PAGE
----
Norway projected 4 % unemployed Norwegians by 2010 but have now lowered it to 3 %, despite the financial crisis. Meanwhile, the Swedish government expects over 11 % unemployment the next few years. The Swedish government, Alliance for Sweden, say there is nothing they can do; the problems are caused by the economic crisis. They have also stated that the well-being and wealth of the nation is working – Work is welfare.

They’re probably confused because the young, the old, the handicapped, the unemployed, the students et cetera are also potentially beneficial to the nation, either they have been, will be or could already in the current situation contribute to the country, maybe even without being actual paid labour. Also, an unemployed person is a great potential resource and if they were only to be put in an internship they could be learning and producing at the same time. Given very dynamic and efficient  methods of retraining people the unemployment % would be irrelevant, it would merely be a sign of the current progress, an indication of the pace at which the nation as a whole is shifting industrial direction.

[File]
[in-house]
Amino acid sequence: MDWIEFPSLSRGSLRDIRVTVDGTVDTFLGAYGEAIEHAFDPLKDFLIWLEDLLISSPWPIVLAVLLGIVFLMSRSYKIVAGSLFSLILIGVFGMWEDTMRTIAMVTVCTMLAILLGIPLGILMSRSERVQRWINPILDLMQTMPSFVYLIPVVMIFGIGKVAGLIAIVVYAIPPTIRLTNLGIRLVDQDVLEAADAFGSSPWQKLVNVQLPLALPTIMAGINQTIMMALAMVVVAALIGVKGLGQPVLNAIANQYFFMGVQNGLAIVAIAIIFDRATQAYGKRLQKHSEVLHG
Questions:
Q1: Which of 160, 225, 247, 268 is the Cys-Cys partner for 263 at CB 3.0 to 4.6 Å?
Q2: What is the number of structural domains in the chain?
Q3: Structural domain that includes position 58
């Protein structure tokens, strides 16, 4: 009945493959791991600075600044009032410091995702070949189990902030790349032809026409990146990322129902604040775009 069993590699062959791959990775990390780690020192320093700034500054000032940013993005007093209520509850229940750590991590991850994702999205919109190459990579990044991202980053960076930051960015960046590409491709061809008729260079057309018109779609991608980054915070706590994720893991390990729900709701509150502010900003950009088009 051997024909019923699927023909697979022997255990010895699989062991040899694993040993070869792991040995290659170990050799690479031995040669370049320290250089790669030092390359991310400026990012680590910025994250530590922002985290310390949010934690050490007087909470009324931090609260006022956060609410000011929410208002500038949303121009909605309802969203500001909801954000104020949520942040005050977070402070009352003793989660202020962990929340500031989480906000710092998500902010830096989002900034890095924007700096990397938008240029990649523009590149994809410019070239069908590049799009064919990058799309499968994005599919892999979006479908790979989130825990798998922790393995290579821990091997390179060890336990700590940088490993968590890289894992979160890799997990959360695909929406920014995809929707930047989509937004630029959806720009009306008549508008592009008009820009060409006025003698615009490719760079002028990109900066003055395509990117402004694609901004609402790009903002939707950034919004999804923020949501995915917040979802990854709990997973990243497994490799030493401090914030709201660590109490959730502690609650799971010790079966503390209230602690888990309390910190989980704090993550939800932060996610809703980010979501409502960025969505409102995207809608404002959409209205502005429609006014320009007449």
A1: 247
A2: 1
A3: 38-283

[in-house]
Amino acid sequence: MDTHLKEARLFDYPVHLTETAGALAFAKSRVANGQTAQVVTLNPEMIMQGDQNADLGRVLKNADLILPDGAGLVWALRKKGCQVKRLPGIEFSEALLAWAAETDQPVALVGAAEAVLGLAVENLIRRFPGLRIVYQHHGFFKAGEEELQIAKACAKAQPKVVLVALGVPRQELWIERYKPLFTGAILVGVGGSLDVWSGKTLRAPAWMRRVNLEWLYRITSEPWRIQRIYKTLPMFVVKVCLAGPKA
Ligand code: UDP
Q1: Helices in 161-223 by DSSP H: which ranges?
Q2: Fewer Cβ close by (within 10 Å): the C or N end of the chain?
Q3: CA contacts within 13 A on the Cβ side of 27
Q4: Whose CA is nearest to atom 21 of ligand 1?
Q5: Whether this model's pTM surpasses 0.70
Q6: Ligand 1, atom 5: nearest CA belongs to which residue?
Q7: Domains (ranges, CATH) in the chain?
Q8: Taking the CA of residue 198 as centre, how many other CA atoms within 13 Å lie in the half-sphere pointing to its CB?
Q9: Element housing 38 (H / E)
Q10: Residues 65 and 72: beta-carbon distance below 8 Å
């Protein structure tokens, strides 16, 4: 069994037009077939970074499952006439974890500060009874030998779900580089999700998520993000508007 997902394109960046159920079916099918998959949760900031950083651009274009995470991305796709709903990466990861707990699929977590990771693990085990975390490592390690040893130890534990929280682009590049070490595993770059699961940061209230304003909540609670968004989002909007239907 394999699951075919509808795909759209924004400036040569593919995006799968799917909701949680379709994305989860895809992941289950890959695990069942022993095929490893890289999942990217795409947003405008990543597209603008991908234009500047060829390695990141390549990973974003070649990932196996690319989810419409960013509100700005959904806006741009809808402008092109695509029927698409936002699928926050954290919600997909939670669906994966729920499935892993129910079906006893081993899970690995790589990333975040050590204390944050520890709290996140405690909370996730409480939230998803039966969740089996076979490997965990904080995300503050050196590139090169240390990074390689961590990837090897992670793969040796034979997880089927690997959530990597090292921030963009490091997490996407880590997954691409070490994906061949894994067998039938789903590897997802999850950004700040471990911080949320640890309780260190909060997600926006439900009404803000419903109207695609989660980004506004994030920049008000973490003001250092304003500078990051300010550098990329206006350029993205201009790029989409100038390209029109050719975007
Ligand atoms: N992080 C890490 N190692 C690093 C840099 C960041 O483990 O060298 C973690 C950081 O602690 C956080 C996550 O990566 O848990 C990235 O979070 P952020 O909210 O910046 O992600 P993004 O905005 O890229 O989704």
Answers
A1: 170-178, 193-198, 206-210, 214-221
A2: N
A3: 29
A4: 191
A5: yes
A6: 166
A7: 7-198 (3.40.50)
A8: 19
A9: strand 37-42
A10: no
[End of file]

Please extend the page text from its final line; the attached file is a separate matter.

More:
Nordic countries want to play with the big boys

This was yesterday’s news I think, but Norway, being the 23rd richest country in the world, wanted Sweden, Denmark, Finland and Iceland perhaps, to join them as a single member at the G20 summits. If Tibet breaks free from China, and Scandinavia becomes a coalition, maybe we’re seen the deconstruction of Empire vs Nation, which is typically what the rhetoric on political groupings in the world mentions, with globalism and Unions joining the discussion, and being quite popular, at the end of the 20th century.

50 Dead in Mud Slide in Chongqing, China – and Chinese Views on Africa

June 5, 2009

Several million cubic meters of dirt and rubble flooded into a pit burying an iron mine. Last year 3,000 people were killed in mining accidents in China. When it comes to managing global resources and the artificial environment that sustains us, iron is a major player, partly because it’s such a useful metal, partly because the Earth’s core consists mainly of iron, which is the reason for our planet’s particular gravitational pull strength.

This is not about iron, though; this is about China.